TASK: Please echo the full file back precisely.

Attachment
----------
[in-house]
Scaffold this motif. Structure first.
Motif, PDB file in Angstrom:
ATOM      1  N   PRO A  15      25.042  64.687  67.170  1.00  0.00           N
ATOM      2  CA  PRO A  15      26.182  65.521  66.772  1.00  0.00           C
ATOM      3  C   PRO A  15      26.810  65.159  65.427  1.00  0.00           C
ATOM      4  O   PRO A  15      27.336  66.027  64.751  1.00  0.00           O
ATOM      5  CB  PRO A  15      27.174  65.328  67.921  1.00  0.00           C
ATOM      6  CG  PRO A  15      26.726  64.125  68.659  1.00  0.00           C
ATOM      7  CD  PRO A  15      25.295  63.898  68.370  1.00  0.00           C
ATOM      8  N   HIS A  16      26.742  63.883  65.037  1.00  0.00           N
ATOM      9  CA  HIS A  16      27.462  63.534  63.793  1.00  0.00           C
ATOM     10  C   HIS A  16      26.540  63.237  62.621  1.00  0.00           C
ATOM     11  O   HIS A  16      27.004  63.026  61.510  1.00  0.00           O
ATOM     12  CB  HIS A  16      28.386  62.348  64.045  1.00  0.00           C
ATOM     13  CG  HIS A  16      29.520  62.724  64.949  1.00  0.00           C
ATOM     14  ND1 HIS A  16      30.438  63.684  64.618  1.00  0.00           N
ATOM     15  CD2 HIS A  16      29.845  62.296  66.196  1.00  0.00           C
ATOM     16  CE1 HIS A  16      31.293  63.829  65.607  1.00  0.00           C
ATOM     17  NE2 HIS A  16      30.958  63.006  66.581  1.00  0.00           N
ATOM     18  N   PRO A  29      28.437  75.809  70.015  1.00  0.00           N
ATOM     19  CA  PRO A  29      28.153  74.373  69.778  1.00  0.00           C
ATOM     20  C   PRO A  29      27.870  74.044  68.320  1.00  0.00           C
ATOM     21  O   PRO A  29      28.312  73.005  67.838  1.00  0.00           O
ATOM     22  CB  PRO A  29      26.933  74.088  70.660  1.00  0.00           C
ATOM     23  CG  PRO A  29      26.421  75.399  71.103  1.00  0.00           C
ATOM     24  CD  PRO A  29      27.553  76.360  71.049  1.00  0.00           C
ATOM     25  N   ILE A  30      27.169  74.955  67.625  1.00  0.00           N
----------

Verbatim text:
[in-house]
Scaffold this motif. Structure first.
Motif, PDB file in Angstrom:
ATOM      1  N   PRO A  15      25.042  64.687  67.170  1.00  0.00           N
ATOM      2  CA  PRO A  15      26.182  65.521  66.772  1.00  0.00           C
ATOM      3  C   PRO A  15      26.810  65.159  65.427  1.00  0.00           C
ATOM      4  O   PRO A  15      27.336  66.027  64.751  1.00  0.00           O
ATOM      5  CB  PRO A  15      27.174  65.328  67.921  1.00  0.00           C
ATOM      6  CG  PRO A  15      26.726  64.125  68.659  1.00  0.00           C
ATOM      7  CD  PRO A  15      25.295  63.898  68.370  1.00  0.00           C
ATOM      8  N   HIS A  16      26.742  63.883  65.037  1.00  0.00           N
ATOM      9  CA  HIS A  16      27.462  63.534  63.793  1.00  0.00           C
ATOM     10  C   HIS A  16      26.540  63.237  62.621  1.00  0.00           C
ATOM     11  O   HIS A  16      27.004  63.026  61.510  1.00  0.00           O
ATOM     12  CB  HIS A  16      28.386  62.348  64.045  1.00  0.00           C
ATOM     13  CG  HIS A  16      29.520  62.724  64.949  1.00  0.00           C
ATOM     14  ND1 HIS A  16      30.438  63.684  64.618  1.00  0.00           N
ATOM     15  CD2 HIS A  16      29.845  62.296  66.196  1.00  0.00           C
ATOM     16  CE1 HIS A  16      31.293  63.829  65.607  1.00  0.00           C
ATOM     17  NE2 HIS A  16      30.958  63.006  66.581  1.00  0.00           N
ATOM     18  N   PRO A  29      28.437  75.809  70.015  1.00  0.00           N
ATOM     19  CA  PRO A  29      28.153  74.373  69.778  1.00  0.00           C
ATOM     20  C   PRO A  29      27.870  74.044  68.320  1.00  0.00           C
ATOM     21  O   PRO A  29      28.312  73.005  67.838  1.00  0.00           O
ATOM     22  CB  PRO A  29      26.933  74.088  70.660  1.00  0.00           C
ATOM     23  CG  PRO A  29      26.421  75.399  71.103  1.00  0.00           C
ATOM     24  CD  PRO A  29      27.553  76.360  71.049  1.00  0.00           C
ATOM     25  N   ILE A  30      27.169  74.955  67.625  1.00  0.00           N